Collaboration between an architecture professor from the University of Waterloo and an avant-garde fashion designer blurs the boundaries of clothing and architecture, and could influence how cities of the future might look.

Model wearing Iris van Herpen dress

One of Iris van Herpen's designs from her Wilderness Embodied collection.

Professor Philip Beesley of the School of Architecture at Waterloo is working with Iris van Herpen, a fashion designer based in Amsterdam who has created work worn by Lady Gaga. Two exhibits are on display in France through the summer.

The unconventional collaboration sees the introduction of architectural elements to Van Herpen's clothes. As Professor Beesley put it, the two share a design language.


Living, breathing buildings

"I think architecture can be reconceived as something that lives and breathes. And clothing can be reconceived as having multiple boundaries that expand beyond your physiology, as a building does," said Beesley.
The two exchange technical craft and imagination to create the kind of experimentation that may one day lead to buildings that can breathe through layers of mesh and durable woven fabrics.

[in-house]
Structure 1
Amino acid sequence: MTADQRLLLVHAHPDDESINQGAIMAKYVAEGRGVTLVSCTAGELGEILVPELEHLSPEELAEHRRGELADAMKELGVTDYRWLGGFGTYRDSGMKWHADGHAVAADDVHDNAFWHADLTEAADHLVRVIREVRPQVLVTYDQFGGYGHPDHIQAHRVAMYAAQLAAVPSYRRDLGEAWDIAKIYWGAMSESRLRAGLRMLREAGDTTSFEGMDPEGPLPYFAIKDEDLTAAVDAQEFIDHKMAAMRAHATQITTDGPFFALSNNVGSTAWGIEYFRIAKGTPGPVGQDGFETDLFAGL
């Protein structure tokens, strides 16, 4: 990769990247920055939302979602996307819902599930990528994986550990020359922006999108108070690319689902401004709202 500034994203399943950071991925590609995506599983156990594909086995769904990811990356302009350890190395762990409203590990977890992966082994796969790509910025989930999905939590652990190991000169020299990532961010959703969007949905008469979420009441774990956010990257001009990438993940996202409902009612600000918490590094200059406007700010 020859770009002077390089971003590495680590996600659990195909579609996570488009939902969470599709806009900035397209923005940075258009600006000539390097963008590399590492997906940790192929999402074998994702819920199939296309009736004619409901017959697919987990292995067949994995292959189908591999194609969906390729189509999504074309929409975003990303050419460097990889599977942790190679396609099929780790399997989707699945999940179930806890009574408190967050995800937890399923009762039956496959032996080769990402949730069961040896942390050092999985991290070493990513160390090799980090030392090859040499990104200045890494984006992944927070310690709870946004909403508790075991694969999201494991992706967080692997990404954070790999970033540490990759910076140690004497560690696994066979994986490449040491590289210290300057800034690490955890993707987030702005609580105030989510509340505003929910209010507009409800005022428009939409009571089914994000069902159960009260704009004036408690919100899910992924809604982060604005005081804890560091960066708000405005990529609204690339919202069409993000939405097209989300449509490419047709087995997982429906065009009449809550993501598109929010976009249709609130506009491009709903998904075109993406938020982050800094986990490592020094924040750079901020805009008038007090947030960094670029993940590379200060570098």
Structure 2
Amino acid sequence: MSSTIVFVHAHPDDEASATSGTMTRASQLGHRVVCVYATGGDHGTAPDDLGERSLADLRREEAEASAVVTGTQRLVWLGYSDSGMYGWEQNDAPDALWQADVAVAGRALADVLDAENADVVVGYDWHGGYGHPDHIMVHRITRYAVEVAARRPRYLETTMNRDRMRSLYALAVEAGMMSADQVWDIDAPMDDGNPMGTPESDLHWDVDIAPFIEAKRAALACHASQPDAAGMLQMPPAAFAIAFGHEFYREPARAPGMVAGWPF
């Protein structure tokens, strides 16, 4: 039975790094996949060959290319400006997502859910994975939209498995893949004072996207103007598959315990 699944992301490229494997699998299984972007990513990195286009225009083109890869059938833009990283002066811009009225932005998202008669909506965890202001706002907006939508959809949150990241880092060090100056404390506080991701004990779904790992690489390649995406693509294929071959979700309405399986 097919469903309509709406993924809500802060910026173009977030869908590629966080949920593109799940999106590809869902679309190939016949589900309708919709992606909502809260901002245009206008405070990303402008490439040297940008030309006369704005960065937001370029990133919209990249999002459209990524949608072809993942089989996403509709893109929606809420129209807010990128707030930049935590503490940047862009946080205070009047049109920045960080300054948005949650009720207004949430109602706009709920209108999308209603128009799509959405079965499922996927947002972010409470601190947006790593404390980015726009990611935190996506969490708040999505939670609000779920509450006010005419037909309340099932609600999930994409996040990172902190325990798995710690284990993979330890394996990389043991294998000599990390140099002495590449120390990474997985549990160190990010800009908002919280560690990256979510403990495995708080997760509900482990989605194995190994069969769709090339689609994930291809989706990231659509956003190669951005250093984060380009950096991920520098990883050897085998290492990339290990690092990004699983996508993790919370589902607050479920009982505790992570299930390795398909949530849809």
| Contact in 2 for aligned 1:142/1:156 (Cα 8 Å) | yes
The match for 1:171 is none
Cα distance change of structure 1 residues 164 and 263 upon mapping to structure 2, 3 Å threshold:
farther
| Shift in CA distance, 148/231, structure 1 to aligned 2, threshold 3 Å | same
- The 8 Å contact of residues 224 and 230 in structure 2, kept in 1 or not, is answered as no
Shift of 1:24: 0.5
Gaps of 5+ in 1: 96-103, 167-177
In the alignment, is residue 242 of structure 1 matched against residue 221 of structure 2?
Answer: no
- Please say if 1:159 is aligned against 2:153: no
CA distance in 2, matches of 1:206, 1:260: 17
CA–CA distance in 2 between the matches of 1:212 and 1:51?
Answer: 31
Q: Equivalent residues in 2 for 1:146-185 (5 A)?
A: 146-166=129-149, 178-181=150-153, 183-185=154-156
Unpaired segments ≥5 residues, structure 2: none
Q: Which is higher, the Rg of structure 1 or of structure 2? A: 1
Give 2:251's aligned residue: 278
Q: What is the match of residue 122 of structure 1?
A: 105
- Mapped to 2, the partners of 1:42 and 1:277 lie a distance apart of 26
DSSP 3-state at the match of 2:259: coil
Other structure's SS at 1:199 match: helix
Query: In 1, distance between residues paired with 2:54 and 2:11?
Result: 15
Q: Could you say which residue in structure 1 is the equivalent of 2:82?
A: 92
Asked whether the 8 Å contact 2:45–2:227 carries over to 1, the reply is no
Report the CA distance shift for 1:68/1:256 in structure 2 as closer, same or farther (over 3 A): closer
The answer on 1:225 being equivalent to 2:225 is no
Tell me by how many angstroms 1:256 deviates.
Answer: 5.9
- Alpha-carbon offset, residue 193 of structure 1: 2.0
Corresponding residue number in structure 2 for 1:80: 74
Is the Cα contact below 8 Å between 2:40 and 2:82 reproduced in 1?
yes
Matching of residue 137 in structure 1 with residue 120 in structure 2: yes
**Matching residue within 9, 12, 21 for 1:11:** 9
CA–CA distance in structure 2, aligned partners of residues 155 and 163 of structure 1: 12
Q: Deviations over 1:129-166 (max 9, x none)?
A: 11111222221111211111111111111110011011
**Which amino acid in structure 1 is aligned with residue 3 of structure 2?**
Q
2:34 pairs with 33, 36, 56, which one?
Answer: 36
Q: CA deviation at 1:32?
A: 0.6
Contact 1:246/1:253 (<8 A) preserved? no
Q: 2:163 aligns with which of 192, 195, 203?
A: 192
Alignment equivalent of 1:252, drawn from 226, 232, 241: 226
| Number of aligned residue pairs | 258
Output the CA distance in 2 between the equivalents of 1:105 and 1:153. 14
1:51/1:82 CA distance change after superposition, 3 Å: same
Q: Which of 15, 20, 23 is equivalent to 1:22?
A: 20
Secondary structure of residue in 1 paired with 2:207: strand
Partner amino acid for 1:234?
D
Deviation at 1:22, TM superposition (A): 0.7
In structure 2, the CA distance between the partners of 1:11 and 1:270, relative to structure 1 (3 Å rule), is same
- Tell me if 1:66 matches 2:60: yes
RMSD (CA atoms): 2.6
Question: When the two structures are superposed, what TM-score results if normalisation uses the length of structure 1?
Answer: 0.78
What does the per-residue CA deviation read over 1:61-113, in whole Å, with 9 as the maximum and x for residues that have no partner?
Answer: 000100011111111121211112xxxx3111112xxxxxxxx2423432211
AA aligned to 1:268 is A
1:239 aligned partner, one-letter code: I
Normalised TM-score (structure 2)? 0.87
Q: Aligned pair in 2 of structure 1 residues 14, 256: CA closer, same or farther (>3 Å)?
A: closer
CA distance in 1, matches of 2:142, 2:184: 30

van Herpen dress using architectural elements"We were building some new hybrid fabrics and experimenting with how they might work," said Beesley. "I brought her some laser-cut, silicon 3D acrylic lace work with forests of needles and small vessels covering them. In our exchange, we explored how to construct and use new techniques to develop lightweight mesh, using modeling and digital fabrication."

A creation from van Herpen's Voltage Haute collection inspired by Beesley's Hylozoic series. 

Exhibits in France

A series of Professor Beesley’s suspended architectural environments influenced by Van Herpen’s own explorations is continuing this exchange with Radiant Soil currently on view in the Fondation EDF Alive/En Vie exhibition, Paris, and Epiphyte Veil, currently touring throughout France.

A detail from Radiant Soil art installation

Industrial design meets organic influences in Beesley's Radiant Soil.

Van Herpen's Fall/Winter 2013-14 collection entitled Wilderness Embodied included some of Beesley's cutting-edge contributions, as did her Voltage Haute Couture collection in January.

The pair is now working on the next generation of designs, creating new fabrics, including one that has radical, trembling extensions that resemble artificial porcupine quills.

To see more photos and projects, visit Phillip Beesley's website.